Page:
02
Mar
15

and otherwise

It hasn’t been sessions in dusty meeting rooms, of course.

An impromptu roadside discussion about cowrie shells and other shells

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We took the opportunity, along the Monsey Dendi to Karimama road, to take a pirogue trip along the Niger

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Here is the site of Tin Tin Kanza, cut by the road, and now we’re wondering whether it was ever a shell midden

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Gorouberi, with copious and large pieces of pottery in an erosion gully.

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Three test pits were done here over 2013 and 2014 and it turns out that it is our second-oldest site. The modern settlement, just visible in the trees in far distance, was tested by Ali’s team last year and on the evidence obtained is 800 years younger than the mound in its vicinity.

We ended the day in a venue that regular readers will recognise, the bar in Karimama.

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2 Responses to “and otherwise”


  1. 1 Nadia Khalaf
    March 4, 2015 at 12:27

    I am very confused by the plane in the TTK photo!

  2. 2 Richard
    March 5, 2015 at 19:45

    Great photos, give a real feel for the place! Must be nice to be back.


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About this blog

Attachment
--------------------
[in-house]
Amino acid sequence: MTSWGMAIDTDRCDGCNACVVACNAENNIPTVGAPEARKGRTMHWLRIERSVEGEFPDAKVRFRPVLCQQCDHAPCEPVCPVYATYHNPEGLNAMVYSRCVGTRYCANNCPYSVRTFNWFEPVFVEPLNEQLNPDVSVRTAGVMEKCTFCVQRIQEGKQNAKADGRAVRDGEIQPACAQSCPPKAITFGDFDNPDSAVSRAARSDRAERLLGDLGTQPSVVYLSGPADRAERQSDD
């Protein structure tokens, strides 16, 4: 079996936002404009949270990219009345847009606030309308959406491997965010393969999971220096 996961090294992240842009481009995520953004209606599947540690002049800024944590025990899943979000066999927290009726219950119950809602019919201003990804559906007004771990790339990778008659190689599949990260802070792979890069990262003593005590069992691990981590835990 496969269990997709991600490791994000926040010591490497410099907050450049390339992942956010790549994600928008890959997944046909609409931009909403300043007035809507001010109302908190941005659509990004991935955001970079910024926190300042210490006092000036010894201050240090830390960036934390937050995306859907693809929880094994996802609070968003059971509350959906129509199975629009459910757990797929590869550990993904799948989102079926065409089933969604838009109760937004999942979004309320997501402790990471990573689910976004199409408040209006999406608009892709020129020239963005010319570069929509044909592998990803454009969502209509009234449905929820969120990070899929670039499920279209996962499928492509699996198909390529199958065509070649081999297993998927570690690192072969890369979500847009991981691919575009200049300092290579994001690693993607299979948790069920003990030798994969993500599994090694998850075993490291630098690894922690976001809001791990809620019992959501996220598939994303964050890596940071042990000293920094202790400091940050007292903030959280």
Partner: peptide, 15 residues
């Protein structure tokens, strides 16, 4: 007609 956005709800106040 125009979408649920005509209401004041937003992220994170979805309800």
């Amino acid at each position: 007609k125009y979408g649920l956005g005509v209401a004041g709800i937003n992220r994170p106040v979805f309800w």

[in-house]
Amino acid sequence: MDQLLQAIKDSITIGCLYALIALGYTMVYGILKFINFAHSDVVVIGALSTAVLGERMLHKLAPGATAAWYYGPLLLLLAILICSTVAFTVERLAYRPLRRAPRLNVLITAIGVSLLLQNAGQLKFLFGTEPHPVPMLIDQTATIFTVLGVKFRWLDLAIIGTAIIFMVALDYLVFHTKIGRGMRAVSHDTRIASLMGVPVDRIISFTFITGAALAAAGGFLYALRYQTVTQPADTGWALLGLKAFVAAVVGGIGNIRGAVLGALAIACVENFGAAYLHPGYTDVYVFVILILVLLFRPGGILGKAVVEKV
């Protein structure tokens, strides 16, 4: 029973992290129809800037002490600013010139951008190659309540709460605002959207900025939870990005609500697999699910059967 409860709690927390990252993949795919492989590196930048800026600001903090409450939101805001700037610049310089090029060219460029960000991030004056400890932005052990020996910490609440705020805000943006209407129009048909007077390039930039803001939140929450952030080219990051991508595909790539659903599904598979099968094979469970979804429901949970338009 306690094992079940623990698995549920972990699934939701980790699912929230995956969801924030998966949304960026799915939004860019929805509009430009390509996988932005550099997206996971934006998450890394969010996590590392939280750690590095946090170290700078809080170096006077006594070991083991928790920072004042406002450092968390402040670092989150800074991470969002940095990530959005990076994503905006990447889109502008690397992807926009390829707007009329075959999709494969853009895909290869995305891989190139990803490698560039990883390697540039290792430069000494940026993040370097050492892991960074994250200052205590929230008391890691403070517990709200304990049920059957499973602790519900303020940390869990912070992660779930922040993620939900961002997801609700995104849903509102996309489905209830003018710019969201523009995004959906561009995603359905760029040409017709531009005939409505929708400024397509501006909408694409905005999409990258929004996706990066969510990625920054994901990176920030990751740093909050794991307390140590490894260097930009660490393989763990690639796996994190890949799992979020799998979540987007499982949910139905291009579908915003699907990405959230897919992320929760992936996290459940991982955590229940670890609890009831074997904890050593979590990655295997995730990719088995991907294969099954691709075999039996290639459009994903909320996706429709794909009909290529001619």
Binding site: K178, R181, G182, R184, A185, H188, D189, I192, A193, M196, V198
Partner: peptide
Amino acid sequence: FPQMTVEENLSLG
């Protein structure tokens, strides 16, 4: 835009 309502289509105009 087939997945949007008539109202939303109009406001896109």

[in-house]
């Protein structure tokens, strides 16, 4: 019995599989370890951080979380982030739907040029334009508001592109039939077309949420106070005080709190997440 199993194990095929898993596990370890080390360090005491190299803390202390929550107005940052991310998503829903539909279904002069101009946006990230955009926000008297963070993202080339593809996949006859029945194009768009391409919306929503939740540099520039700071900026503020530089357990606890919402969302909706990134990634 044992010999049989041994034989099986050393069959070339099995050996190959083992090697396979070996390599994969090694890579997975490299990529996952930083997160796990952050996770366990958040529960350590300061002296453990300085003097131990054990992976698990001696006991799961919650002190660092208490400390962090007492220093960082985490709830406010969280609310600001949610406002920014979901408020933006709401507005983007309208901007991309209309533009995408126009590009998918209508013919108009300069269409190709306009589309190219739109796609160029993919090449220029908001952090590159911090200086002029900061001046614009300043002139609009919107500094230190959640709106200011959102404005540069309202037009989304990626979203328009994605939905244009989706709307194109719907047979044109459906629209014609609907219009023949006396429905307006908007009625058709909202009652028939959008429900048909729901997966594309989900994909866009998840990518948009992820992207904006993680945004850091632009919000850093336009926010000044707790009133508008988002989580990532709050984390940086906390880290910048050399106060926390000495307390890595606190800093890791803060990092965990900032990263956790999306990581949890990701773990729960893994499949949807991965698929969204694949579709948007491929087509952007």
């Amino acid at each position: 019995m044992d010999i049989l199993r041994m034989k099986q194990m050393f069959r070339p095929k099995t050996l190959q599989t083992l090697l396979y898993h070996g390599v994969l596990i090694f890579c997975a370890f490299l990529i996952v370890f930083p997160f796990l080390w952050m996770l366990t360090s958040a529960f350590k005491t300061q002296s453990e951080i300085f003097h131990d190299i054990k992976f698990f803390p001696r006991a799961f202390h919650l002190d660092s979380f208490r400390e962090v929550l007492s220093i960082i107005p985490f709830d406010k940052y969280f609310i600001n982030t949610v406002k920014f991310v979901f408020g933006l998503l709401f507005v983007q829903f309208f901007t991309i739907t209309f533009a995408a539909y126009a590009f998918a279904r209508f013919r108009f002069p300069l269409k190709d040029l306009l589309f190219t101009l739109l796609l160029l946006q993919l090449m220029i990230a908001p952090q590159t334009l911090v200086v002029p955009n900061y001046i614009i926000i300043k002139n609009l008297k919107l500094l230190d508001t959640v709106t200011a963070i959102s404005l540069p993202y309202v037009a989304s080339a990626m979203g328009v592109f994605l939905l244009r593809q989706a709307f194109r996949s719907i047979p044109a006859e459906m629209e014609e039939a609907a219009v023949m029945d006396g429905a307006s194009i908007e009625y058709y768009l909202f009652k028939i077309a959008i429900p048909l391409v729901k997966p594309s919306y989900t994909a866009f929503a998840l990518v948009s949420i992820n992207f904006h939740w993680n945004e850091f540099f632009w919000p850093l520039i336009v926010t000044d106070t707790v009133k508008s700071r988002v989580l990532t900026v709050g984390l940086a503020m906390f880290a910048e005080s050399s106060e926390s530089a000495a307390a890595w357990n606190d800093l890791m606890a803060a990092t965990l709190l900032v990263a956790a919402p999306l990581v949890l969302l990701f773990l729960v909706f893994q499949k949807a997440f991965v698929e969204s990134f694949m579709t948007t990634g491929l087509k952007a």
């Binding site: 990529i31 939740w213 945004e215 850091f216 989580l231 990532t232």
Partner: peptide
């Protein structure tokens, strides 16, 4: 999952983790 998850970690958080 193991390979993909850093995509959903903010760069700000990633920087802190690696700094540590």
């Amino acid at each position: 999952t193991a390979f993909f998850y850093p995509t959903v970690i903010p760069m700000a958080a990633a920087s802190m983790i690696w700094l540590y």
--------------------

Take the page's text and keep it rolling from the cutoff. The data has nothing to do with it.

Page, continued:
This blog has been set up to chart the activities and research findings of two projects led by Anne Haour, an archaeologist from the Sainsbury Research Unit at the University of East Anglia, United Kingdom.

The first project, called Crossroads, brings together a team of archaeologists, historians and anthropologists studying the Niger Valley where it borders Niger and Bénin (West Africa). We are hoping to shed more light on the people that inhabited the area in the past 1500 years and to understand how population movements and craft techniques shaped the area's past.

The second project, called Cowries, examines the money cowrie, a shell which served as currency, ritual object and ornament across the world for millennia, and in medieval times most especially in the Maldive Islands of the Indian Ocean and the Sahelian regions of West Africa. We hope to understand how this shell was sourced and used in those two areas.

These investigations are funded by the European Research Council as part of the Starting Independent Researcher Programme (Seventh Framework Programme – FP7) and by the Leverhulme Trust as a Research Project Grant. The opinions posted here are however Anne Haour's own!

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